American Authorities Wish for Better Information and Reporting about Dietary Supplements

April 12, 2004

Since 1994 liberal legislation in the United States has secured the American population full access to safe dietary supplements. 2½ year ago FDA asked the Institute of Medicine (IoM) to investigate the extent of harmful effects of supplements. The FDA received this report from IoM last week.

The conclusion is, among other things, that there are very few safety data for the 29,000 different dietary supplements sold in the United States, and the concern seems to be that this market grows by 25% a year, and today amounts to about 18 billion. dollars annually.

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By: Vitality Council

Reference:
Special report: A health fad that’s hard to swallow, New Scientist Special Report, 12. April 2004.

“Amateur-like” Statement from the Organization Anti Doping Denmark

October 27, 2003

In October 2003 one could read pretty harsh warnings against the combination of dietary supplements and sports in several Danish newspapers. The medical doctor, Rasmus Damsgaard, from Anti Doping Denmark was the originator of these judgmental statements.

Damsgaard is quoted for several bastant announcements – among others: “Dietary supplements do not work – Basto”. And he calls it quite amateurish when respected coaches like Ulrik Wilbæk, give supplements to their players.

By: Vitality Council

(No references)

www.doping.dk
www.iom.dk

Danish Society for Orthomolecular Medicine (DSOM) about Heart Protection Study, July 02

November 12, 2002

The Danish Society for Orthomolecular Medicine (DSOM):
Rumours that antioxidants should have no general effect on secondary prevention of heart disease originates from The Heart Protection Study published in July 2002 in the magazine The Lancet. The study was financed by e.g. the pharmaceutical companies Merck & Co. and Roche Vitamins.

The purpose of the study was, among others, to investigate Merck’s cholesterol lowering drug Zocor’s effect on various parameters such as blood clots in the heart and heart disease, etc. The study included 20,536 high-risk patients – ie. patients with known cardiovascular disease or dispositions for this – eg. diabetes.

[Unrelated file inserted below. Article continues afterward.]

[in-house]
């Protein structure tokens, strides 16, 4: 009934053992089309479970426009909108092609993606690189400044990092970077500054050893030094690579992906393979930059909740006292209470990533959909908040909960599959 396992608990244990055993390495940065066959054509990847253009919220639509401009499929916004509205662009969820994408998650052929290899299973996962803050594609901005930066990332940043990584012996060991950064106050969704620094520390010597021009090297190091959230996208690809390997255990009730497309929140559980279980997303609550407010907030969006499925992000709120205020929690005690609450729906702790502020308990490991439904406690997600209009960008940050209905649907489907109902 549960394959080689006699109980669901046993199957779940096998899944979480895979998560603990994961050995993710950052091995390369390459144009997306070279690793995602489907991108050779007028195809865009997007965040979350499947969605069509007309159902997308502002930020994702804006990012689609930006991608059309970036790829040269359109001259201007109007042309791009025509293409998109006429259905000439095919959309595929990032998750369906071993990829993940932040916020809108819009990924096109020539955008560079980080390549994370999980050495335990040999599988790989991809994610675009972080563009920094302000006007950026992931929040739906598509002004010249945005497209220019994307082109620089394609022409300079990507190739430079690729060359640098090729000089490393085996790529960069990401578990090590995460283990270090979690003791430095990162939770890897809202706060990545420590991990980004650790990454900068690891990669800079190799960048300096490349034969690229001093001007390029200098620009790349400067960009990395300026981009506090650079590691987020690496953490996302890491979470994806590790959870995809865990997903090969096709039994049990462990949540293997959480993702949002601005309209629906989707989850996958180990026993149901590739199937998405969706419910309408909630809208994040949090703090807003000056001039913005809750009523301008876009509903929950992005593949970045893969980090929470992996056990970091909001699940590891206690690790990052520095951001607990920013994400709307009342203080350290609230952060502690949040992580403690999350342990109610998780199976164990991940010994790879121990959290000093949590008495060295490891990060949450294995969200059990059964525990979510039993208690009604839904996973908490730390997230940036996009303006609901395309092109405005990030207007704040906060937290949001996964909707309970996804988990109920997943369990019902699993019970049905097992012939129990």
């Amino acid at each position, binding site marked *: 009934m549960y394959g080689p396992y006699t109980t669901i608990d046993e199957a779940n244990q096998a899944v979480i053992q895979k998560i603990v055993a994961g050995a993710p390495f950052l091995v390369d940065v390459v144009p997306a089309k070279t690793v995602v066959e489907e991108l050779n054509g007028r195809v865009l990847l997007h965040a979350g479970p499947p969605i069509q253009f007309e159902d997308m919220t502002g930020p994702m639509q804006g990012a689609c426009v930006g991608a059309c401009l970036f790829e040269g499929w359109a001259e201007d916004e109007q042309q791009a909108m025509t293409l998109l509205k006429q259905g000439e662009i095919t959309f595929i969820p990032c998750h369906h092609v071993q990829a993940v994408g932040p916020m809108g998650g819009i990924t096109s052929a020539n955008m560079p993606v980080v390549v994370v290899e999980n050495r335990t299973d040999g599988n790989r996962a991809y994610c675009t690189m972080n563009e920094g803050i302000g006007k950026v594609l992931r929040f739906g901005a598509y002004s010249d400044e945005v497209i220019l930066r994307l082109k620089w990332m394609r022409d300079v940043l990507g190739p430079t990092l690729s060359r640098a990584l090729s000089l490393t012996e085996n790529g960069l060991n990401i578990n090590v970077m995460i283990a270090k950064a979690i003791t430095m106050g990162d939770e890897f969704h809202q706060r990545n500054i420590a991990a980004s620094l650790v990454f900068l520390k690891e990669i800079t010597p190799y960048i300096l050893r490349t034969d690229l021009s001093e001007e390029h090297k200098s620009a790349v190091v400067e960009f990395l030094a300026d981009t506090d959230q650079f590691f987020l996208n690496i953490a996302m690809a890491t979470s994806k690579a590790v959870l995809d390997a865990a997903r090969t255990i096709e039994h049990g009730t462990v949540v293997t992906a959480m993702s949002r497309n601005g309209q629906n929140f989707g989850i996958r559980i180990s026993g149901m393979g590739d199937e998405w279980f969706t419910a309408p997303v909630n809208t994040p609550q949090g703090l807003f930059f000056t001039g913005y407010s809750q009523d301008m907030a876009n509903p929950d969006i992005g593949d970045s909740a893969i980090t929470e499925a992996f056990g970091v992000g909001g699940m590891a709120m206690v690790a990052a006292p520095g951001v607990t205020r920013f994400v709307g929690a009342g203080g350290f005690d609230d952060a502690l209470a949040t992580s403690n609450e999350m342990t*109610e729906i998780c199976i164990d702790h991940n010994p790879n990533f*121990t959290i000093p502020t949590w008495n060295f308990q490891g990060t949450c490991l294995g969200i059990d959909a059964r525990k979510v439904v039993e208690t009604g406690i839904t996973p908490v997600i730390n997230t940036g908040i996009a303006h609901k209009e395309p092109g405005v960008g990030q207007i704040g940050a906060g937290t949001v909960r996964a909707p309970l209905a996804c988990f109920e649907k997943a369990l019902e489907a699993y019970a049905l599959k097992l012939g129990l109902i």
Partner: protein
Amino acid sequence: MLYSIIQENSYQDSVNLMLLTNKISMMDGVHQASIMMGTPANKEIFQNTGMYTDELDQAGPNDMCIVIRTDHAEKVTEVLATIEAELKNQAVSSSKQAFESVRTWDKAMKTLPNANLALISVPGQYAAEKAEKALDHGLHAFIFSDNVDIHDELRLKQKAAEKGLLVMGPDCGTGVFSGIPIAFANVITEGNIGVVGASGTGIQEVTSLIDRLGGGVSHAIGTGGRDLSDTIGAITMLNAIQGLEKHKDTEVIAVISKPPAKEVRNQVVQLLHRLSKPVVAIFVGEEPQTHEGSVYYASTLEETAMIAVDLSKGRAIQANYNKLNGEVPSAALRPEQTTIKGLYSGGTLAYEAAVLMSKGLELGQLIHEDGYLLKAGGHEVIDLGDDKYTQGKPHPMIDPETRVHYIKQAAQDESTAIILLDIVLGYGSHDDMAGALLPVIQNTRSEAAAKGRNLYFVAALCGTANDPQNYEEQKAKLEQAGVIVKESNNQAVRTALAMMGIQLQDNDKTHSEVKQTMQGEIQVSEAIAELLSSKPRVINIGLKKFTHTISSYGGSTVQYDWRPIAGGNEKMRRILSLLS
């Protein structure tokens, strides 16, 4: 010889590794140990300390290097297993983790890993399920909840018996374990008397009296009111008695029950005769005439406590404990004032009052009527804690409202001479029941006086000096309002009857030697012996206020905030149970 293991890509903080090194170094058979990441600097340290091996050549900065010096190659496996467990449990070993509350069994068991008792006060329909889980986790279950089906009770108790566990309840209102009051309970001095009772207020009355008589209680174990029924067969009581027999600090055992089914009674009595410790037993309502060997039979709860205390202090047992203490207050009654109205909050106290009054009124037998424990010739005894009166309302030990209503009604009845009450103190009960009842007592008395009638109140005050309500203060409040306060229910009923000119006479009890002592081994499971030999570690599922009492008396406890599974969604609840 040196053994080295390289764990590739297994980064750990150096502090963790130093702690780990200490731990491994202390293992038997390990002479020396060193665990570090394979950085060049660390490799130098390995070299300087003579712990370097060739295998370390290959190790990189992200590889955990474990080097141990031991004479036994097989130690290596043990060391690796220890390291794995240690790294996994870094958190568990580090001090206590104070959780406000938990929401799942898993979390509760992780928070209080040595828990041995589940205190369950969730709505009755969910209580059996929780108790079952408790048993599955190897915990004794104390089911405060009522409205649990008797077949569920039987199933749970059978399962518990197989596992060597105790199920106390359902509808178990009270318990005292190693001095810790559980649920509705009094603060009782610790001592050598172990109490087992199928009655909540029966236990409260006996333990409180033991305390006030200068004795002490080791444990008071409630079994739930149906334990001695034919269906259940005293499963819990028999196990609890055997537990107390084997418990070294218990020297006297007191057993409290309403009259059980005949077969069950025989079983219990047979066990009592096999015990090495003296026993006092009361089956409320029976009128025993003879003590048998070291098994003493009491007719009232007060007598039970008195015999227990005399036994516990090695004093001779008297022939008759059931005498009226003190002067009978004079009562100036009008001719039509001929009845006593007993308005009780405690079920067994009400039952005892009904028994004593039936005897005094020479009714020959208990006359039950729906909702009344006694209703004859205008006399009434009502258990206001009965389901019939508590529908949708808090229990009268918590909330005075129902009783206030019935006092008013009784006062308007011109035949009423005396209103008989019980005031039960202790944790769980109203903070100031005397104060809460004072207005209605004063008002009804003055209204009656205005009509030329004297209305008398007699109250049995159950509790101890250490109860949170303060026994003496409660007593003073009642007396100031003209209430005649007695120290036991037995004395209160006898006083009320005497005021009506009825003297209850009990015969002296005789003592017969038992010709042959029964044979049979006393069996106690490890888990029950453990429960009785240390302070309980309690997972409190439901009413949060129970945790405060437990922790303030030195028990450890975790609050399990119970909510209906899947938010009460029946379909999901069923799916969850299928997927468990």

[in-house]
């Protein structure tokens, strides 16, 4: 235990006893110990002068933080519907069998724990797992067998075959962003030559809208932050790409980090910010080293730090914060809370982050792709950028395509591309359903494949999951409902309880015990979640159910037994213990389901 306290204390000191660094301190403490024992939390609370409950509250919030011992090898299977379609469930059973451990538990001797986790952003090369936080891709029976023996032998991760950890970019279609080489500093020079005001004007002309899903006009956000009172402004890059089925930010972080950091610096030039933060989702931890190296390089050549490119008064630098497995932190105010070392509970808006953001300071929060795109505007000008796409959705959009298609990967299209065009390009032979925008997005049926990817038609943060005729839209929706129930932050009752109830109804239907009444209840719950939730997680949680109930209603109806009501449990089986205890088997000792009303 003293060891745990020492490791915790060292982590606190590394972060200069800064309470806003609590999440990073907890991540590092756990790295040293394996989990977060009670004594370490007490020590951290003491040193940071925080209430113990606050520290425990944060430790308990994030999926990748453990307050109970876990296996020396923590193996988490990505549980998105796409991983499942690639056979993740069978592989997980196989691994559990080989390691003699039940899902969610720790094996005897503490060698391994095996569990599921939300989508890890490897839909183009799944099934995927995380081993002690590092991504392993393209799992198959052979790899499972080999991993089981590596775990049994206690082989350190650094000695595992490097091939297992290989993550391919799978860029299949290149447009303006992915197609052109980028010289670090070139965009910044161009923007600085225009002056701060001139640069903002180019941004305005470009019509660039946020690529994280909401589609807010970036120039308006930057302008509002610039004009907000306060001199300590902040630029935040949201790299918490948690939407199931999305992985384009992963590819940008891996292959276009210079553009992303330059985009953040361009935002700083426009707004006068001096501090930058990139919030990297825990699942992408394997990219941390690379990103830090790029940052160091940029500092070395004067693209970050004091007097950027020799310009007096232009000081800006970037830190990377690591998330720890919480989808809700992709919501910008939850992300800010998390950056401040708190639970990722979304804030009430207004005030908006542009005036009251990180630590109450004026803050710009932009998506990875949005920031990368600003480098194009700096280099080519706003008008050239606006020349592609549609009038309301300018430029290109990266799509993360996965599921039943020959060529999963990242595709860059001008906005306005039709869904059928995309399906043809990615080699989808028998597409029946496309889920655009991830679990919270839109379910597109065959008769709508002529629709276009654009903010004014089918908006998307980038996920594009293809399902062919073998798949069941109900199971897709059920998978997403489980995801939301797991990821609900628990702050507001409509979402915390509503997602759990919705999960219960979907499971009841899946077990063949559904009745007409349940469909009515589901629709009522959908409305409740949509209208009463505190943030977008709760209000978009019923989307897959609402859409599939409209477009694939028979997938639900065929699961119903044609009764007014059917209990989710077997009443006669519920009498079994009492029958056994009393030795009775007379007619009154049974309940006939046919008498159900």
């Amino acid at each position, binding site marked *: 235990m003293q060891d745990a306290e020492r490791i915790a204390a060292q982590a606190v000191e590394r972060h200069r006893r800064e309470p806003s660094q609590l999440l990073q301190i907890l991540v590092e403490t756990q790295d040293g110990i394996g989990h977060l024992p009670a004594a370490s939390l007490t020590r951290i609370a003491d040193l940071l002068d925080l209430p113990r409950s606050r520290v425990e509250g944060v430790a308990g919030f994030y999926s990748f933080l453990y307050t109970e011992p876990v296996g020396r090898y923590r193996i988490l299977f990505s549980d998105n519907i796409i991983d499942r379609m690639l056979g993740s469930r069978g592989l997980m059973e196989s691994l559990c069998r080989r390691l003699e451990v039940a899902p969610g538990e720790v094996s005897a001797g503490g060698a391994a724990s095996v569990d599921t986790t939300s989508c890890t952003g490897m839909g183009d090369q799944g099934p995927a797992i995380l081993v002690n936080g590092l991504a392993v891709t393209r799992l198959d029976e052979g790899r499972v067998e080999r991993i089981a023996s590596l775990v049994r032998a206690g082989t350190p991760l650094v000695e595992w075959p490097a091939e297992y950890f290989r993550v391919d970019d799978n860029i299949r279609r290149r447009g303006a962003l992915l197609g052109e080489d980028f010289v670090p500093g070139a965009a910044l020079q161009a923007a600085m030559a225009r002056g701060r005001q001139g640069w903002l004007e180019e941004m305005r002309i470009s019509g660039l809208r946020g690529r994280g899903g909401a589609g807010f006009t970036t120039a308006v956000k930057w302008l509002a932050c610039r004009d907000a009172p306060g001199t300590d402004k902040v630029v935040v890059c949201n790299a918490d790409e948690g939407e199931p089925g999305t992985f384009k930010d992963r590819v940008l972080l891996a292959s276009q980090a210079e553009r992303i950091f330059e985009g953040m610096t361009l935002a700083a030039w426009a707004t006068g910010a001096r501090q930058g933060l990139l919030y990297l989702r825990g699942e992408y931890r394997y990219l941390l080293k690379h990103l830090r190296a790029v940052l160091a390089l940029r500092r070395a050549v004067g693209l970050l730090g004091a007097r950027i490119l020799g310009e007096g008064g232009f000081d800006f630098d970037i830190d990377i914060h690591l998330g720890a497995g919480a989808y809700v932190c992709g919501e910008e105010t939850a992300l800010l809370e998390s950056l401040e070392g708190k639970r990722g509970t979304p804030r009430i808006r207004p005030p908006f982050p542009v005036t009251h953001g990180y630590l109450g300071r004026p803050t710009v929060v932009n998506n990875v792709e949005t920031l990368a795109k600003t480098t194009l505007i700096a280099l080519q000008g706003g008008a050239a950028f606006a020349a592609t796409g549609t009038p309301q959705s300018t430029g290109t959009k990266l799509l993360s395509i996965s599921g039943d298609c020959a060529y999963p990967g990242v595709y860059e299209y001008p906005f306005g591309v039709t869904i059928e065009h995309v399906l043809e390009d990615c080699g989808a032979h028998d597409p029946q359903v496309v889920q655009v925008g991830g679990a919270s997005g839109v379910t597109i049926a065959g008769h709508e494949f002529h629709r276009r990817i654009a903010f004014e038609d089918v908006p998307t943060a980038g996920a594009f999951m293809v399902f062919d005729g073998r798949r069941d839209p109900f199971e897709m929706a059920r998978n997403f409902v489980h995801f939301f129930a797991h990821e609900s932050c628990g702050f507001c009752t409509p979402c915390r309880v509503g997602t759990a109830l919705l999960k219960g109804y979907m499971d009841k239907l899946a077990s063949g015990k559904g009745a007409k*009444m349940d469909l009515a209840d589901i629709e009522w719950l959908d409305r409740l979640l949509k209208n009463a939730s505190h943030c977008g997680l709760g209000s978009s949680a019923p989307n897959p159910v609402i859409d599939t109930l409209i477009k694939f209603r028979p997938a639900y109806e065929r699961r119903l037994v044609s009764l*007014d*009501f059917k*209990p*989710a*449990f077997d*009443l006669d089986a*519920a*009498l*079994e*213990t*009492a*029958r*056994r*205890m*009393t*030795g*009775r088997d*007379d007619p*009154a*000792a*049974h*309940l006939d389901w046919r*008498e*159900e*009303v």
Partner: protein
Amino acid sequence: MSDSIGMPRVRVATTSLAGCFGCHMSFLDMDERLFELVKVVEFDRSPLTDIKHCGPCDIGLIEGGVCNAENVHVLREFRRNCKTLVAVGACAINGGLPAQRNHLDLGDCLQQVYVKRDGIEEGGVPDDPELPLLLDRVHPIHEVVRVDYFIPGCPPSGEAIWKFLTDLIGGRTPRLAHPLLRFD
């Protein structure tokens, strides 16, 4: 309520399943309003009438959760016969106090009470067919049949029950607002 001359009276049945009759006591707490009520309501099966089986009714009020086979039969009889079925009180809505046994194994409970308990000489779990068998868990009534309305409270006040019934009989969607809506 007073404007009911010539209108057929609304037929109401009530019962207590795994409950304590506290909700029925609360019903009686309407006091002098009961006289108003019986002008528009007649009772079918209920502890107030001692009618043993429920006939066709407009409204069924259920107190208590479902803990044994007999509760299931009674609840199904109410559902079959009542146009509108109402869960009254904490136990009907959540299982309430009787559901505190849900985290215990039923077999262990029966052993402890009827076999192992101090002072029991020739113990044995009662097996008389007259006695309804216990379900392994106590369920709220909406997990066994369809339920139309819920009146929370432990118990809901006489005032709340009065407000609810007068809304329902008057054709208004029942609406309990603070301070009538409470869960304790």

The patients were randomized to 4 groups, of which 5000 patients received 600 mg vitamin E, 250 mg Vitamin C and 20 mg betacarotene. 5000 patients received both Zocor and vitamins. 5000 patients received Zocor only and 5,000 patients served as a joint control group. This means that the part of the study containing the vitamin group plus a joint control group comprised 10,000 people and not 20,536 persons as stated elsewhere.

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By: Per Tork Larsen, M.D., DSOM

(No references)

rum.ctsu.ox.ac.uk/~hps
www.heartprotectionstudy.com/heartprotection/heartprotection/index.jsp
www.akudoc.dk
www.iom.dk

Nutritional Council’s Negative Statements Against Dietary Supplements

12 November 2002

One again the media have been misled by the Nutritional Council’s warnings against dietary supplements.

In the news channel TV2, they stated: “Knockout for Q10 and Selenium”. This is severe disinformation of the population.

The Nutrition Council has via Steen Stender MD, reintroduced an article in The Lancet from July 6, 2002, which among others found that small doses of vitamin E, C and beta carotene had neither a beneficial or harmful effect on a risk group of cardiac patients. Q10 and Selenium are not mentioned at all in this study.

The media have uncritically settled with only listening to one party in this controversial field. -and they have not even discovered that this is a purely Danish news story. They have not wondered why this English study is not mentioned in foreign media at all.

By Vitality Council.

(No references)

www.ernaeringsraadet.dk
www.iom.dk